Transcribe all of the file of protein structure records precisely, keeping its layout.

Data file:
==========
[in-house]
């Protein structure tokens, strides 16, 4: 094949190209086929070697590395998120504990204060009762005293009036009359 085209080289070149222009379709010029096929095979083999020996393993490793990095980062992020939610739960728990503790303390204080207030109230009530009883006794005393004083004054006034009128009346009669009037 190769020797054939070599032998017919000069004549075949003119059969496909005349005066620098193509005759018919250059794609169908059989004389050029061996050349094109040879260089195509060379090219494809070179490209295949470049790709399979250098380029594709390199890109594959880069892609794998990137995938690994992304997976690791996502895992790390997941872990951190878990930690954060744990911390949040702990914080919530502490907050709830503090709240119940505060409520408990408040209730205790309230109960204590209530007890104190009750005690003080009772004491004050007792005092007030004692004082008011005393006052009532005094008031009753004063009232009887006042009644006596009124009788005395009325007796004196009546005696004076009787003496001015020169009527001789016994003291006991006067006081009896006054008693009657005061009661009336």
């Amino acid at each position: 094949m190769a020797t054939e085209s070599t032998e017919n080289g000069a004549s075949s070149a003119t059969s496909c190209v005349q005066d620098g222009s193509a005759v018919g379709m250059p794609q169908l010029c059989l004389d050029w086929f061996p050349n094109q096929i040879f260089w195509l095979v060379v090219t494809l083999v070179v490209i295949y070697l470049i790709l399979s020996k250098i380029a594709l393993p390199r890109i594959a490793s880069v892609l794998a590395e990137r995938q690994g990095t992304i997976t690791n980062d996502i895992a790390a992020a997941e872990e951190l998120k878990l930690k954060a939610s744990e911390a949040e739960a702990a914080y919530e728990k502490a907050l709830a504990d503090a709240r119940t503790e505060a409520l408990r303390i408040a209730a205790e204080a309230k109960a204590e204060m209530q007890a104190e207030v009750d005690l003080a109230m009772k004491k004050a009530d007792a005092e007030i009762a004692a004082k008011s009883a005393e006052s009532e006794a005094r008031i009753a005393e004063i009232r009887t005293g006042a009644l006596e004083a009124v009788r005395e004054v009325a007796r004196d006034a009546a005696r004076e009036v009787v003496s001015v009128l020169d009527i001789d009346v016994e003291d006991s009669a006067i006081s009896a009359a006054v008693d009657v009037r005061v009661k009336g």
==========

[in-house]
């Protein structure tokens, strides 16, 4: 094949190209086929070697590395998120504990204060009762005293009036009359 085209080289070149222009379709010029096929095979083999020996393993490793990095980062992020939610739960728990503790303390204080207030109230009530009883006794005393004083004054006034009128009346009669009037 190769020797054939070599032998017919000069004549075949003119059969496909005349005066620098193509005759018919250059794609169908059989004389050029061996050349094109040879260089195509060379090219494809070179490209295949470049790709399979250098380029594709390199890109594959880069892609794998990137995938690994992304997976690791996502895992790390997941872990951190878990930690954060744990911390949040702990914080919530502490907050709830503090709240119940505060409520408990408040209730205790309230109960204590209530007890104190009750005690003080009772004491004050007792005092007030004692004082008011005393006052009532005094008031009753004063009232009887006042009644006596009124009788005395009325007796004196009546005696004076009787003496001015020169009527001789016994003291006991006067006081009896006054008693009657005061009661009336």
């Amino acid at each position: 094949m190769a020797t054939e085209s070599t032998e017919n080289g000069a004549s075949s070149a003119t059969s496909c190209v005349q005066d620098g222009s193509a005759v018919g379709m250059p794609q169908l010029c059989l004389d050029w086929f061996p050349n094109q096929i040879f260089w195509l095979v060379v090219t494809l083999v070179v490209i295949y070697l470049i790709l399979s020996k250098i380029a594709l393993p390199r890109i594959a490793s880069v892609l794998a590395e990137r995938q690994g990095t992304i997976t690791n980062d996502i895992a790390a992020a997941e872990e951190l998120k878990l930690k954060a939610s744990e911390a949040e739960a702990a914080y919530e728990k502490a907050l709830a504990d503090a709240r119940t503790e505060a409520l408990r303390i408040a209730a205790e204080a309230k109960a204590e204060m209530q007890a104190e207030v009750d005690l003080a109230m009772k004491k004050a009530d007792a005092e007030i009762a004692a004082k008011s009883a005393e006052s009532e006794a005094r008031i009753a005393e004063i009232r009887t005293g006042a009644l006596e004083a009124v009788r005395e004054v009325a007796r004196d006034a009546a005696r004076e009036v009787v003496s001015v009128l020169d009527i001789d009346v016994e003291d006991s009669a006067i006081s009896a009359a006054v008693d009657v009037r005061v009661k009336g």